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Vol. 7. Num. 4.October - December 2018
Pages 403-616
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Vol. 7. Num. 4.October - December 2018
Pages 403-616
Original Article
DOI: 10.1016/j.jmrt.2018.01.004
Open Access
Evaluation of experimentally observed asymmetric distributions of hardness, strain and residual stress in cold drawn bars by FEM-simulation
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Juliana Zottis
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juliana.zottis@ufrgs.br

Corresponding author.
, Carla Adriana Theis Soares Diehl, Alexandre da Silva Rocha
Metal Forming Laboratory – LdTM, Universidade Federal do Rio Grande do Sul (UFRGS), Porto Alegre, RS, Brazil
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Table 1. Chemical composition (%) of AISI 1045 steel [2].
Table 2. Simulation model input parameters for the standard case.
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Abstract

The purpose of this paper is to investigate the correlation of strain and hardness parameters in a drawing process chain of an SAE 1045 steel bar. The present work discusses the application of the experimental and numerical method of analysis, based on hardness measurements, which allows evaluation of the strain distribution and mechanical properties in drawn products. The influence on the strain, hardness and residual stress distributions of cold drawing parameter variations were investigated by numerical simulation. A misalignment between bar and drawing tool was evaluated in the models, as well as variation of friction at different regions of the bar. Compression tests were carried out at different reductions to determine the flow curve and analyze the material behavior during a cold hardening process. The microstructural analysis has shown a potential influence of material segregation in the characteristics of the final products. Simulation results validate the assumption of die misalignment and inhomogeneous lubrication influences on residual stresses profiles after wire drawing. Taking into account effects of misalignment and friction at the same time, in a so-called combination model, a better agreement between numerical simulation and experimental results for cold drawing process was achieved.

Keywords:
Hardness
Plastic strain deformation
Residual stresses
Full Text
1Introduction

In cold drawing process the generated plastic strains increase materials strength and improve surface quality, therefore this process is widely used in the manufacturing of components as shafts, wires and tubes with optimized mechanical properties. In metal forming, it is well known that good results can only be achieved with a deep knowledge about materials properties. Consequently, several factors must be considered, such as geometry and initial material properties, lubrication conditions, drawing angle and the interaction of all these factors [1].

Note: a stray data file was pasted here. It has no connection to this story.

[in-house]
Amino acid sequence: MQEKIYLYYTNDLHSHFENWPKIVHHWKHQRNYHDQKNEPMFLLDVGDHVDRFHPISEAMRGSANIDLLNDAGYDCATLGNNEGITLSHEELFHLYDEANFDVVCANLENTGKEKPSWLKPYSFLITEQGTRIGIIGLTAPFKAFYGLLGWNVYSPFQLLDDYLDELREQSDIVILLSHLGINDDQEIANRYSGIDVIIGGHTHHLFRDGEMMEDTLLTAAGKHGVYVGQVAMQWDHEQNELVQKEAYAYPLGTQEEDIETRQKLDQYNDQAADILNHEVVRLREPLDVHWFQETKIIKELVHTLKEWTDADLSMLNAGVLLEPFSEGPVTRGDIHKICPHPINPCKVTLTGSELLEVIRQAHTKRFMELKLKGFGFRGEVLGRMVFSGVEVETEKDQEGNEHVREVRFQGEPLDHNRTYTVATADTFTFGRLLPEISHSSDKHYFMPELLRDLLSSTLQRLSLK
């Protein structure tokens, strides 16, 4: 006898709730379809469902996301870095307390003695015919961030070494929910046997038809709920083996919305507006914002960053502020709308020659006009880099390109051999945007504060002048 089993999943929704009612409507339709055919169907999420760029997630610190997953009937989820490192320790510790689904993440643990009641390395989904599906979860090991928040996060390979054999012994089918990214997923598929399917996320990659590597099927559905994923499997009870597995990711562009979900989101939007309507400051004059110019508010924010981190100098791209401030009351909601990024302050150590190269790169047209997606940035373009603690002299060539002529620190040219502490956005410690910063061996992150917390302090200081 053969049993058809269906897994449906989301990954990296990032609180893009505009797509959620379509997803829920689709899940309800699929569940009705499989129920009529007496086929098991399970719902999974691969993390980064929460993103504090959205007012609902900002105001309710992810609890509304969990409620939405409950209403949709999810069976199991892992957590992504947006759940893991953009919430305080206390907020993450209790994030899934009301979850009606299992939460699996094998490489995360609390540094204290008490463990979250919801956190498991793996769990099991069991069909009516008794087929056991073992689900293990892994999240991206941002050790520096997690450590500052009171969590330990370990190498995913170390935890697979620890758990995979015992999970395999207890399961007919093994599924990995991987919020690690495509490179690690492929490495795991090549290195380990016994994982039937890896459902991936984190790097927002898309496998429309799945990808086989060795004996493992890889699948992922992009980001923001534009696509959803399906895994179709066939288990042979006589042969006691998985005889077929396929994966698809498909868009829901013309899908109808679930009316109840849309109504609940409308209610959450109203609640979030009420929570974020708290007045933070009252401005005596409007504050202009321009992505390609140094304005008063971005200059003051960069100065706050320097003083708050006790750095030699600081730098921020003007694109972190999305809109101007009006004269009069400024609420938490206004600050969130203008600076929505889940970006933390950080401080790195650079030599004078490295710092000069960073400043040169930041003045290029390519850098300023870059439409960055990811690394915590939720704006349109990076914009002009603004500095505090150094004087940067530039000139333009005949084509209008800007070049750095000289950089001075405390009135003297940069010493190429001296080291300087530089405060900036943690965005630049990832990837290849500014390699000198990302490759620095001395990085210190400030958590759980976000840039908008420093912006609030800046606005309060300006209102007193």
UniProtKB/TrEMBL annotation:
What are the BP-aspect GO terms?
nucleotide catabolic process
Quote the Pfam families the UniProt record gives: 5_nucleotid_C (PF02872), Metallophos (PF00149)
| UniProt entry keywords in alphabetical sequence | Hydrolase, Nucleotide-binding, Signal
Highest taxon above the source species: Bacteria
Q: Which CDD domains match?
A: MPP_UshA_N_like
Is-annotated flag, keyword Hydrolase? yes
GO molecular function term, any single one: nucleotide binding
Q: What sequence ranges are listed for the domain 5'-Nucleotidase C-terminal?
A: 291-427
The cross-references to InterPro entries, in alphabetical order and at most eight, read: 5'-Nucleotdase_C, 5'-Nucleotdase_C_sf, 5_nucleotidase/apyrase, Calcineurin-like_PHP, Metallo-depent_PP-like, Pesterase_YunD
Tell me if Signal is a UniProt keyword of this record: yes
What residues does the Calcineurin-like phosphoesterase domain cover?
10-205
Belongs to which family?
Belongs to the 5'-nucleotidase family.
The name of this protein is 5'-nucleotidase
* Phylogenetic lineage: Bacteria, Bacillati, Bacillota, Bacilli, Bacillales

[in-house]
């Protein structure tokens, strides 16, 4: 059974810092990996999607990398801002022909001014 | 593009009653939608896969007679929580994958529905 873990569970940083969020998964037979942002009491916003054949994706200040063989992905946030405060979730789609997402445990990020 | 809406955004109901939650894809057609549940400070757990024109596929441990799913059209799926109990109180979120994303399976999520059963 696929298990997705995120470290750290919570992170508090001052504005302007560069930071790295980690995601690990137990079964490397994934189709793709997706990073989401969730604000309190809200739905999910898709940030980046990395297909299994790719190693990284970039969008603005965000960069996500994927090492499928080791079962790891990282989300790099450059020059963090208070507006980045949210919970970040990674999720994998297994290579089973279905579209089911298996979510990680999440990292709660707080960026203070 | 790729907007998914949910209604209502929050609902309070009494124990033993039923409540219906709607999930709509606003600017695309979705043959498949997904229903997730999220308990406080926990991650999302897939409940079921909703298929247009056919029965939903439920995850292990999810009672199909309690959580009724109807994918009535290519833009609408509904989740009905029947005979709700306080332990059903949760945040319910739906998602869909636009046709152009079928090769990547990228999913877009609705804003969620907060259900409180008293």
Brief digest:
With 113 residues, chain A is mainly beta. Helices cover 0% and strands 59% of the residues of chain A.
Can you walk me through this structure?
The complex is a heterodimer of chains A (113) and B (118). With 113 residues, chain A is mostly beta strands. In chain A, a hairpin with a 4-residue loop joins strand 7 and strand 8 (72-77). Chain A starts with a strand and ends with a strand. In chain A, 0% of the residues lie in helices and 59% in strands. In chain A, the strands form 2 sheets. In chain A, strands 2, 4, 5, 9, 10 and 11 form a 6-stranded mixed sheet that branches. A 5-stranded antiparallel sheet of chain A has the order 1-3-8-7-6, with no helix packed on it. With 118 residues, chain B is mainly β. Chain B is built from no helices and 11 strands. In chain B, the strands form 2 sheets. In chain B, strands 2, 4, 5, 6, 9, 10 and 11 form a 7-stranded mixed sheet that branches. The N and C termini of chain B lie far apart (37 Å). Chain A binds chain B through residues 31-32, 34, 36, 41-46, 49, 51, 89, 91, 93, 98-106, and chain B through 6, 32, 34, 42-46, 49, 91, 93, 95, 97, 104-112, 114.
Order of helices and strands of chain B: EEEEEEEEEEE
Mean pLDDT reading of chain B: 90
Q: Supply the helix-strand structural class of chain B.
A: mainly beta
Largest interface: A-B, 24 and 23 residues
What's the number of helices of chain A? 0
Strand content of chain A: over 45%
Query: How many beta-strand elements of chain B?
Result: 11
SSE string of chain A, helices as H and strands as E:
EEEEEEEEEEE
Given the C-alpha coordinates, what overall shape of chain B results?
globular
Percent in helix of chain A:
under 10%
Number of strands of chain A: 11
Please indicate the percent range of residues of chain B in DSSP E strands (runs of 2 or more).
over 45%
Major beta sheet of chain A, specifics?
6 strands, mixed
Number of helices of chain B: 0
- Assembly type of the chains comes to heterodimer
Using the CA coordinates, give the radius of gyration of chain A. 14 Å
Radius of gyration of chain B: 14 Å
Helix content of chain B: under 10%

Wire drawing process can be performed as shown in Fig. 1(a). First, the wire-rod is uncoiled and pre-straightened using two sets of rolls. After that, a shot blasting process is applied in order to remove the contaminants from bar surface preparing it to pass through the drawing die. Then the bar is drawn (tool detailed in Fig. 1(b)), cut in 6m length and finally polished. In addition, the automotive parts face heat treatment by induction hardening as a final step.

Fig. 1.
(0.14MB).

Schematic of (a) cold drawing process chain and (b) of the drawing die (adapted from [2]).

Materials metallurgical and mechanical history are influenced by each step or process of the chain. Thus, previous operations can generate a number of residual stresses in the final product [3]. These produced residual stresses may lead to undesired distortion in the next process: heat treatment.

Material properties and process parameters influences need to be investigated in order to identify possible sources of residual stress during the manufacturing chain. Dias et al. [4] has analyzed the cut process influences on final residual stress profile as well as the simulation of the wire-drawing process considering some uncontrollable variables such as segregation and the bar misalignment before the drawing step. Rocha [5] has investigated the redistribution of residual stresses resulting from the wire drawing process chain. Dias et al. [6] performed simulations of the residual stresses considering the anisotropy of the raw material. Hence, those previous works have shown advances in the study of the wire drawing process chain. Complementary to that, the strain and hardness analysis are important parameters that can be compared to a computational numerical approach.